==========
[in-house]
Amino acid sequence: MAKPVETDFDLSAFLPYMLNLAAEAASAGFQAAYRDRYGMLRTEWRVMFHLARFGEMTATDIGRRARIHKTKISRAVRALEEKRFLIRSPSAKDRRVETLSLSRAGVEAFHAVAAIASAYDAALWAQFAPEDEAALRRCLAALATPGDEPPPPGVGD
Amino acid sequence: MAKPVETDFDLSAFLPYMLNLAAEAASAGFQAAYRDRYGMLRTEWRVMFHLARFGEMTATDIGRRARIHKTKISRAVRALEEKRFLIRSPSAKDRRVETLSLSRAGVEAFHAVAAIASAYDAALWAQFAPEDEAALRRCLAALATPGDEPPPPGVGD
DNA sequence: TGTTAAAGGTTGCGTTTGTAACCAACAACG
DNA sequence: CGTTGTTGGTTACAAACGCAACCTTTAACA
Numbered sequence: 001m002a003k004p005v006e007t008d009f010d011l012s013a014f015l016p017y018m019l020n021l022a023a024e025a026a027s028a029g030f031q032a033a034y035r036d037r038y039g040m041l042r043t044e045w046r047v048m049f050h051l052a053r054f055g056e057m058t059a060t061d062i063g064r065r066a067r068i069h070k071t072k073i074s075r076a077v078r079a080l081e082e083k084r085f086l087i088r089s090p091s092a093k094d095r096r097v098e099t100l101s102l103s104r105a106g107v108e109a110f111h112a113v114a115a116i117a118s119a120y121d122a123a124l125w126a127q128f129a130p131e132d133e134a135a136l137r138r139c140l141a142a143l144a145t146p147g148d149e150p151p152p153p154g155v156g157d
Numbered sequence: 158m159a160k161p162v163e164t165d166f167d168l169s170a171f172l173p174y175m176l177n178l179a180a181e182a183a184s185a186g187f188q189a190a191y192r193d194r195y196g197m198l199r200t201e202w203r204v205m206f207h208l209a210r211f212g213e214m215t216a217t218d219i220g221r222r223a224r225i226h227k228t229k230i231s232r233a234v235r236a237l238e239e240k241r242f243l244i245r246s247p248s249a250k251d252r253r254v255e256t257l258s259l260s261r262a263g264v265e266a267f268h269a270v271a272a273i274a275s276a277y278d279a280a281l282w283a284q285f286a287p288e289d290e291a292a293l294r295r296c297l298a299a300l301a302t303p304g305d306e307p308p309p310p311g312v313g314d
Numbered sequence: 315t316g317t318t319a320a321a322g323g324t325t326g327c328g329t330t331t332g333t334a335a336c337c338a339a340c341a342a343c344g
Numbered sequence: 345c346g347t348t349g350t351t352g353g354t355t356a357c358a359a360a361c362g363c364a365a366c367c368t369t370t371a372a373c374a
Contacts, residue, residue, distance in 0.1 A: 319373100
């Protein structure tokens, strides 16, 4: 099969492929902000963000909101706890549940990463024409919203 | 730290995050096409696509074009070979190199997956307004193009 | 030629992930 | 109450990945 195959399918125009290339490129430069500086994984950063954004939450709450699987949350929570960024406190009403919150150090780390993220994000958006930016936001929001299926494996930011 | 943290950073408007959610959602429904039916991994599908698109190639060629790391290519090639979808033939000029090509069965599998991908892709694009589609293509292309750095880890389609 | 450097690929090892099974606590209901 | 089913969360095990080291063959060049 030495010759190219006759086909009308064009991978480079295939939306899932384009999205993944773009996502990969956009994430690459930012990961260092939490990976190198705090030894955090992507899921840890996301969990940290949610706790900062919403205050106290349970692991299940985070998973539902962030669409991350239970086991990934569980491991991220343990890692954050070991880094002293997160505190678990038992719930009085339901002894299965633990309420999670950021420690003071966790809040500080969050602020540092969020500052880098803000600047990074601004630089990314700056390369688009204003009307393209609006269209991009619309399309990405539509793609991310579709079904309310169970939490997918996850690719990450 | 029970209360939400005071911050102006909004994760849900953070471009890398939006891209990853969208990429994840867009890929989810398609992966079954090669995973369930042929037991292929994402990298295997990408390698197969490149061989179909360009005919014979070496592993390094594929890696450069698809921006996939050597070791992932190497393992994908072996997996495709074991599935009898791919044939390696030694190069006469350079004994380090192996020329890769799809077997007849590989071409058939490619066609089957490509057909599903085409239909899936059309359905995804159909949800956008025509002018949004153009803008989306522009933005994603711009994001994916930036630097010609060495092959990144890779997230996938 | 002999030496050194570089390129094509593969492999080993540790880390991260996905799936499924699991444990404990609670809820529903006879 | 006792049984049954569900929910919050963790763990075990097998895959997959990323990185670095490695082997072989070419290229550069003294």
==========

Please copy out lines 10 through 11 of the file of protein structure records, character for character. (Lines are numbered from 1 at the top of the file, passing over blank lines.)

Contacts, residue, residue, distance in 0.1 A: 319373100
């Protein structure tokens, strides 16, 4: 099969492929902000963000909101706890549940990463024409919203 | 730290995050096409696509074009070979190199997956307004193009 | 030629992930 | 109450990945 195959399918125009290339490129430069500086994984950063954004939450709450699987949350929570960024406190009403919150150090780390993220994000958006930016936001929001299926494996930011 | 943290950073408007959610959602429904039916991994599908698109190639060629790391290519090639979808033939000029090509069965599998991908892709694009589609293509292309750095880890389609 | 450097690929090892099974606590209901 | 089913969360095990080291063959060049 030495010759190219006759086909009308064009991978480079295939939306899932384009999205993944773009996502990969956009994430690459930012990961260092939490990976190198705090030894955090992507899921840890996301969990940290949610706790900062919403205050106290349970692991299940985070998973539902962030669409991350239970086991990934569980491991991220343990890692954050070991880094002293997160505190678990038992719930009085339901002894299965633990309420999670950021420690003071966790809040500080969050602020540092969020500052880098803000600047990074601004630089990314700056390369688009204003009307393209609006269209991009619309399309990405539509793609991310579709079904309310169970939490997918996850690719990450 | 029970209360939400005071911050102006909004994760849900953070471009890398939006891209990853969208990429994840867009890929989810398609992966079954090669995973369930042929037991292929994402990298295997990408390698197969490149061989179909360009005919014979070496592993390094594929890696450069698809921006996939050597070791992932190497393992994908072996997996495709074991599935009898791919044939390696030694190069006469350079004994380090192996020329890769799809077997007849590989071409058939490619066609089957490509057909599903085409239909899936059309359905995804159909949800956008025509002018949004153009803008989306522009933005994603711009994001994916930036630097010609060495092959990144890779997230996938 | 002999030496050194570089390129094509593969492999080993540790880390991260996905799936499924699991444990404990609670809820529903006879 | 006792049984049954569900929910919050963790763990075990097998895959997959990323990185670095490695082997072989070419290229550069003294």